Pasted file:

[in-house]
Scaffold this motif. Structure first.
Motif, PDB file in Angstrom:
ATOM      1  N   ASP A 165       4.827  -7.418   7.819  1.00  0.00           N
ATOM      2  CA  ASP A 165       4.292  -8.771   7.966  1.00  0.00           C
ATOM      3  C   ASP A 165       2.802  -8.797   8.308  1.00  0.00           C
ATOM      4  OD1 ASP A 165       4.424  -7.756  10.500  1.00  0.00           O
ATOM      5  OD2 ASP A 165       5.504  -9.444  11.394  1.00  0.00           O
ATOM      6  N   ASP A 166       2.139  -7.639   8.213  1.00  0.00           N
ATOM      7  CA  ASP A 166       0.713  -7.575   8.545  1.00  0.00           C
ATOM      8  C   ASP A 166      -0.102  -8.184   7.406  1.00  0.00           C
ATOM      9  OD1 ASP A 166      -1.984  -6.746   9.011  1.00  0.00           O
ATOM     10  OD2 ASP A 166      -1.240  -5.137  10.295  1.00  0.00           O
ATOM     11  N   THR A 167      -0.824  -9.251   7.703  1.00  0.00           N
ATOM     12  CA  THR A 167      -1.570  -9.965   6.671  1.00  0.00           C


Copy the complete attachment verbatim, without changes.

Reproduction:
[in-house]
Scaffold this motif. Structure first.
Motif, PDB file in Angstrom:
ATOM      1  N   ASP A 165       4.827  -7.418   7.819  1.00  0.00           N
ATOM      2  CA  ASP A 165       4.292  -8.771   7.966  1.00  0.00           C
ATOM      3  C   ASP A 165       2.802  -8.797   8.308  1.00  0.00           C
ATOM      4  OD1 ASP A 165       4.424  -7.756  10.500  1.00  0.00           O
ATOM      5  OD2 ASP A 165       5.504  -9.444  11.394  1.00  0.00           O
ATOM      6  N   ASP A 166       2.139  -7.639   8.213  1.00  0.00           N
ATOM      7  CA  ASP A 166       0.713  -7.575   8.545  1.00  0.00           C
ATOM      8  C   ASP A 166      -0.102  -8.184   7.406  1.00  0.00           C
ATOM      9  OD1 ASP A 166      -1.984  -6.746   9.011  1.00  0.00           O
ATOM     10  OD2 ASP A 166      -1.240  -5.137  10.295  1.00  0.00           O
ATOM     11  N   THR A 167      -0.824  -9.251   7.703  1.00  0.00           N
ATOM     12  CA  THR A 167      -1.570  -9.965   6.671  1.00  0.00           C